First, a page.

Of course, the increased level of care in SNFs means an increase in cost. The national average cost per month in an AL is about $4,000 per month, excluding higher levels of care. For skilled nursing facilities that number increases to $7,500-$8,000 per month or more.
To sum up, designing and developing a skilled nursing facility requires knowledge of local and federal regulations. Additionally, the operator must have the proper licensure and level of care for residents that makes them a premier facility for the local market.
CDP’s Focus on Assisted Living Developments
At CDP, we work with senior living operators across the country. A primary focus for any of our projects lies in the operator partnerships. We look at the market viability of the levels of care an operator wants to provide. We assess the profitability to ensure that community development will serve all stakeholders – the operator, the residents and their families, and the investors who fund the development.
For us, we’ve found the demand for communities with multiple levels of care to serve the families and communities in a way that benefits all stakeholders for the long term. By developing communities that offer independent living, assisted living, and specialized memory care, we are developing stable residences for seniors and their adult children.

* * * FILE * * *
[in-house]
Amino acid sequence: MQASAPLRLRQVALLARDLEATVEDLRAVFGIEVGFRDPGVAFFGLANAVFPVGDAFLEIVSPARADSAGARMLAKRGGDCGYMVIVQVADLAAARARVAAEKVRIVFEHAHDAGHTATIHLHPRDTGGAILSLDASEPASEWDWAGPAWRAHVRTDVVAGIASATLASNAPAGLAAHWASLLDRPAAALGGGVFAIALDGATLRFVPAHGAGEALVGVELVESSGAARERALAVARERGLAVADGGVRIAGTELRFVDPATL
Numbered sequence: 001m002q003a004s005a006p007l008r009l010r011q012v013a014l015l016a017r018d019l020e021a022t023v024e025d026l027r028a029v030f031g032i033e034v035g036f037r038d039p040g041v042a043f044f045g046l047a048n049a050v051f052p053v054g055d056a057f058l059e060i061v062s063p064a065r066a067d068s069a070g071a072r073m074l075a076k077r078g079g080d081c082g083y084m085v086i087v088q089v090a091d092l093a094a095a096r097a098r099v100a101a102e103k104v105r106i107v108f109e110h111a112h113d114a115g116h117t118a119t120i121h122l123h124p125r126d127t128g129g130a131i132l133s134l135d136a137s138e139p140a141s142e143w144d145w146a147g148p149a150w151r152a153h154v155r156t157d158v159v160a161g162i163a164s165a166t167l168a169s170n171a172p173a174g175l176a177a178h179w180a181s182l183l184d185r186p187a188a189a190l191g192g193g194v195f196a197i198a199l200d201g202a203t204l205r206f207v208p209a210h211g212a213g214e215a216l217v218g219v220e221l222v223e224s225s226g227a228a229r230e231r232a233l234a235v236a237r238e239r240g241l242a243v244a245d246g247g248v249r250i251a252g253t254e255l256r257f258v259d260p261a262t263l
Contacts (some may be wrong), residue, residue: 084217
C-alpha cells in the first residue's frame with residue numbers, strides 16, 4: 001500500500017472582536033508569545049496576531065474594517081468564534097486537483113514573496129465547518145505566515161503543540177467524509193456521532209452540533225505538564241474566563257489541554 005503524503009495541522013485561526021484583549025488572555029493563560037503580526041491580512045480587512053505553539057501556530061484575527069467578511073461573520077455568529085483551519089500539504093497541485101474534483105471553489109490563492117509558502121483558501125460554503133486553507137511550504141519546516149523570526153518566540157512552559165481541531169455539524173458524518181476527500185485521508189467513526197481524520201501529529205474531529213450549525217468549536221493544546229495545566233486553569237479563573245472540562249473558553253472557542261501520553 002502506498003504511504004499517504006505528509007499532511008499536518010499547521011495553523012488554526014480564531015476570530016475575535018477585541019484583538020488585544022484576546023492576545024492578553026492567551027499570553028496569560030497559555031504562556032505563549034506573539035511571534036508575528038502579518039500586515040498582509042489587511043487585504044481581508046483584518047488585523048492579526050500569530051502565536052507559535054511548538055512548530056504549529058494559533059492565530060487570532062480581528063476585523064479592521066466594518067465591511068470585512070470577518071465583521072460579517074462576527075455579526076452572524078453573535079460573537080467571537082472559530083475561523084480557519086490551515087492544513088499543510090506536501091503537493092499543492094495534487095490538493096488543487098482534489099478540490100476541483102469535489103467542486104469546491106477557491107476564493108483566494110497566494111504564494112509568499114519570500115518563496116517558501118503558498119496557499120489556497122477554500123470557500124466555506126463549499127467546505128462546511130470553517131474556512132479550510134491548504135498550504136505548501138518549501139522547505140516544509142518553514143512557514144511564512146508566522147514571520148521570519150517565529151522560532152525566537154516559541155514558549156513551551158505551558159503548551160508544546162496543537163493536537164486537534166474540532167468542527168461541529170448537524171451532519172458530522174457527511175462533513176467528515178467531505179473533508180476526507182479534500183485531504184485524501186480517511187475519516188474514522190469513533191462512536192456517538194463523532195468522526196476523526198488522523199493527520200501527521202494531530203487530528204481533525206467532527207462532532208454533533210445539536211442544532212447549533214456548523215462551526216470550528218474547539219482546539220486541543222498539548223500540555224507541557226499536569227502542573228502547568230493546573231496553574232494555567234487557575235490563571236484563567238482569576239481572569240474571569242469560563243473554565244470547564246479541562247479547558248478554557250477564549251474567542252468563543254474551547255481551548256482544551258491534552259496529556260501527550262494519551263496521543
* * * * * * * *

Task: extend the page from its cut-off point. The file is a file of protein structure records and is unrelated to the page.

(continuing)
Based on our current operating partners, this serves their global mission of quality senior living. Skilled nursing has its rightful place on the spectrum of senior living, but this simply isn’t for CDP or our current operating partners. For CDP, our focus has remained on high-quality independent living, assisted living, and memory care communities.
In closing, there are a lot of options out there. What differentiates CDP from other real estate developers? We commit to creating projects that support communities and commerce. Our development projects are strategic and intentional to serve the greatest good for all stakeholders involved.
Learn more about us and our unique approach to senior housing development. Download our free Senior Living Strategy Guide for interested investors.